From the time Carl Reed could walk out his door with or without his parents’ permission, he has been in love with the Black Masking culture. At the age of seven he saw his idol and later mentor mask for the first time. The late Big Chief Butter Bo of the White Eagle tribe gave the young Carl Reed his first dream. His first goal to set his sights on becoming a big Chief one day himself. Not only did he achieve that goal but has been featured on National Geographic and 60 minutes to name a few.
Chief downplays his achievements and impact his gang has had. As chief says “A lot of guys do this for shows and recognition, some did bigger shows than other. I wasn’t in it for that so that didn’t bother me. The respect of other chiefs, and the spirit that comes over me when I put my suit on knowing once I put those boots and that crown on my head what I really was representing as a black Mardi Gras Indian. It was powerful, that is all Big Chief Carl Reed ever wanted.”
Q) When was the first time you saw Big Chief Ronald “Butter Bo” Pierre?
A) “He was my idol since I was a little biddy boy. I remember I was living on Adams Street. I was a lil kid (7 years old) and I was amazed by Mardi Gras Indians. Back than in those days they would come out 4 or 5 in the morning, it wasn’t no 12noon and 1 or 2 in the evening. I’m talking old school, the root off, I’m hearing the tambourine. I hear the wild man out there hooping and hollering. People scared, at that time of morning people you don’t hear that kind of sound in the neighborhood. Bad me, lil Bad Carl, I run through the alley, go to the front and I see the Indian coming down looking like a big peacock! I ran back inside! I was more excited, but woke my parents up saying something wrong. My uncle said that’s the Indians. I was too little to know about them but, what I saw was powerful.”
Q) Chief Butter Bo was such a mentor to you what did he leave with you.
A) “When I met him as child he told me I had to learn how to sew. There was a little spot where all the Indians hung out and did they lil bead work, drank they lil wine, did they lil thing, and put that handa wanda music on and man I was like, I like this!! You know I turned into a beadier at an early age, fell in love with. I wasn’t as good as some of the other guys because I was new to it. Than after a year are so he fell off and went to penitently, and he was the first one to start a gang in Angola. They made suits out of paper Mache. The red white and blue.”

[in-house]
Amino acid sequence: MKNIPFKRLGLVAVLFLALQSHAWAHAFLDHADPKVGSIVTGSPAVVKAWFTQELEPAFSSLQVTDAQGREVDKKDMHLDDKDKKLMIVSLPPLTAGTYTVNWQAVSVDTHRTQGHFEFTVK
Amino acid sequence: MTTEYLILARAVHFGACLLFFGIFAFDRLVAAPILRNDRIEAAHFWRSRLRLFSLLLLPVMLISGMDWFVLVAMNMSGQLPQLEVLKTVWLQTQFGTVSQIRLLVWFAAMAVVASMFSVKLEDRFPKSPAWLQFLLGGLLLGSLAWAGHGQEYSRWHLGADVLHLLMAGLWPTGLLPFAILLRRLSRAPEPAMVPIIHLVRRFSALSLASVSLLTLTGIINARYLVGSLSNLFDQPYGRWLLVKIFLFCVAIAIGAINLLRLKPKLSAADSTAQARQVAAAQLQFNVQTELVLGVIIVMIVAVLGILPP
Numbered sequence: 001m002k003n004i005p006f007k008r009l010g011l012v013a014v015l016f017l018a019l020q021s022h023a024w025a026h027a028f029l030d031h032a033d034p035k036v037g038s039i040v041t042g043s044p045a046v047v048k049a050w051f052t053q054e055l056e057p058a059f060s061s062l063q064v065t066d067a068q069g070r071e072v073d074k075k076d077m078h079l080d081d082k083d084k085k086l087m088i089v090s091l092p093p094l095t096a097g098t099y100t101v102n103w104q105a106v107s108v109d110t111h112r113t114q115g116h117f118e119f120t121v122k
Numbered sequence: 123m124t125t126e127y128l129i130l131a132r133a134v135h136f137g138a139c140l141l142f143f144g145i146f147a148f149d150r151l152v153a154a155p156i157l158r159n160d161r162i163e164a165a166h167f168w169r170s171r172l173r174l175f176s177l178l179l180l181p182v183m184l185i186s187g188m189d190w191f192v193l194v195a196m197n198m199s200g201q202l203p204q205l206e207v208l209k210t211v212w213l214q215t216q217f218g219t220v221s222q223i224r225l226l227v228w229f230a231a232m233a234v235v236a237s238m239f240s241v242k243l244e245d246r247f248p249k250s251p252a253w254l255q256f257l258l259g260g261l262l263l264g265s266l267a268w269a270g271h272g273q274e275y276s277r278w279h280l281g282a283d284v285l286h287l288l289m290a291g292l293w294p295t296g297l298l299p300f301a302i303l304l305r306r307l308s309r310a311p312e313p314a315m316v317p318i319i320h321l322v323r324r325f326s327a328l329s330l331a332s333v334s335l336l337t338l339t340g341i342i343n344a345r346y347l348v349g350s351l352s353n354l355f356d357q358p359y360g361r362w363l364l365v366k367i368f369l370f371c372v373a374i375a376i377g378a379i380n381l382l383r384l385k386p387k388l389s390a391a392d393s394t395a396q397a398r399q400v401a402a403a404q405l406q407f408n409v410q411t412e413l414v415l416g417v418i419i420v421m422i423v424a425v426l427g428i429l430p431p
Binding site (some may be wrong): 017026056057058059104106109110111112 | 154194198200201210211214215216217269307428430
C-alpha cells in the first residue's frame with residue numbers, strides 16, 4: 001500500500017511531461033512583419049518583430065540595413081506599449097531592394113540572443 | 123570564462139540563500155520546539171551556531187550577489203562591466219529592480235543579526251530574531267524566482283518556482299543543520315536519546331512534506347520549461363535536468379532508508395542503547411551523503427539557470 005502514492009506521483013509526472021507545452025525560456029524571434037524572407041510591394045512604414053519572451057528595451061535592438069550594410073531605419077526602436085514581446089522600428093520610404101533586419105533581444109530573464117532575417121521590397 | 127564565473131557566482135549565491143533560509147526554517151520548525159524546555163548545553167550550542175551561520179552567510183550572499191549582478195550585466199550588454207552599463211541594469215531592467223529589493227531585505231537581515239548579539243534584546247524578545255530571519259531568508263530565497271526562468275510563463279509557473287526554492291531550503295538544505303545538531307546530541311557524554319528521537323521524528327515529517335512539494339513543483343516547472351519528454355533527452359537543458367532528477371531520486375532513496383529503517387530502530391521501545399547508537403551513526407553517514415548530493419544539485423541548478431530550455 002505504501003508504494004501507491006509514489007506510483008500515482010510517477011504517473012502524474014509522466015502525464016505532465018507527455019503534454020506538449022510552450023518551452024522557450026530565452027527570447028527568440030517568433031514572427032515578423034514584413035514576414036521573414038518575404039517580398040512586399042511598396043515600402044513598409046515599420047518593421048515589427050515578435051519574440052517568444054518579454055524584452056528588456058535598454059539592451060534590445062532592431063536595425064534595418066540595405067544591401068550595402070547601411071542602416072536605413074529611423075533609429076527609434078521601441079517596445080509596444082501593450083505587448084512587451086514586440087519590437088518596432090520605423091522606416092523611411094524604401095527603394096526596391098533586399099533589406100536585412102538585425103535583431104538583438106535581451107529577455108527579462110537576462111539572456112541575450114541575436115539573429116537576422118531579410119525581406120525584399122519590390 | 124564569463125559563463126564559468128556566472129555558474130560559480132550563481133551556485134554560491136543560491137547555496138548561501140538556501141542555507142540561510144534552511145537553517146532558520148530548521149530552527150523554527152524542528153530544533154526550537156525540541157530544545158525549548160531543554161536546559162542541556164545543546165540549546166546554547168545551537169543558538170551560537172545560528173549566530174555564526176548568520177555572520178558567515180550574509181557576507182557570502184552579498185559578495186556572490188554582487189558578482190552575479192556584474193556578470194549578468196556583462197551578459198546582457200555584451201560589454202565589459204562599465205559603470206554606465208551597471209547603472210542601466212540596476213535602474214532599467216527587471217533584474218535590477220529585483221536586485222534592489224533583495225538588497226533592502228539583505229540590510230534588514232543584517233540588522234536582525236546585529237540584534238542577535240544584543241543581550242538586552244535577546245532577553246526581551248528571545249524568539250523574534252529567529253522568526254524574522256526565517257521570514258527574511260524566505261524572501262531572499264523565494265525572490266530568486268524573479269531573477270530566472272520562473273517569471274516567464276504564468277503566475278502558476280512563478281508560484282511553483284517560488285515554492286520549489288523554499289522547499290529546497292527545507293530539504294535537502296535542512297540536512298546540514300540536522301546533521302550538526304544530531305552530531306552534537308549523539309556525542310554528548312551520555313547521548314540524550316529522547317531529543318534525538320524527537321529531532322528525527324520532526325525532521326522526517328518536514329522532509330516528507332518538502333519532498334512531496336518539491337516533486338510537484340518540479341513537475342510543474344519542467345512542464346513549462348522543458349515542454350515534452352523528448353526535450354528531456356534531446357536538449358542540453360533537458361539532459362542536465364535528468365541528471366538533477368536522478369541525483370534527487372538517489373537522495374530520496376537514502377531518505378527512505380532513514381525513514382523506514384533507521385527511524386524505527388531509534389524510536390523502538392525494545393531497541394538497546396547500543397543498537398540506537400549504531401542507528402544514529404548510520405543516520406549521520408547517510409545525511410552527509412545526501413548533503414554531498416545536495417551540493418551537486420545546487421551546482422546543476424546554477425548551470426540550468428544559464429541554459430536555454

Q) What was the feeling you got when you first masked?
A) “It was just like magic when I put it on. The vibe came over me and it was like…. Well let me say it like this, Let me ask you did you ever see something you wanted to do or heard anybody ask what you would like to do? What’s your fantasy? That was it. My dream came true! It so magical to me to show my neighborhood I got yawl, I GOT YALL!”
Q) What’s your thoughts on the difference between uptown and downtown?
A) “Back in the day when I was coming up masking there was a lot of tribes that didn’t like each other, uptown and downtown. That didn’t go in my head, I respect all Indians as Indians. We BLACK in this our culture. This is what we have to preserve, for us as a culture to pass down on to our lil ones coming behind us. With that being said and done, Man when two tribes meet and know how to meet it’s the most beautiful thing you ever want to see. All in all I taught my grandkids the right way. I was taught the right way. I had a lot of good mentors.”
Q) Do you believe that violence in this culture is due to Indians not knowing the culture?
A) “That’s because of the simple reason, they come out there and they have not been taught the right way. The Chief of the gang is supposed to teach his braves the dos and don’ts. How to meet, ya know. If it don’t look good….TUway Pocaway. Many Indians say that and don’t know what it means. You go your way, I go mine.”
Q) What is the spirit of your Gang?
A) “The spirit of my gang is family.”
Q) What tools did this culture give you?
A)” It gave me strength to look at my brothers a different way. It put something in me where I can take one of my brothers and be a mentor, that makes me feel good to give back what I received.”
Q) What is your definition of Black Masking Culture?
A) “Respect, dedication, honor and strength of a black man. That’s where I will go with that one.”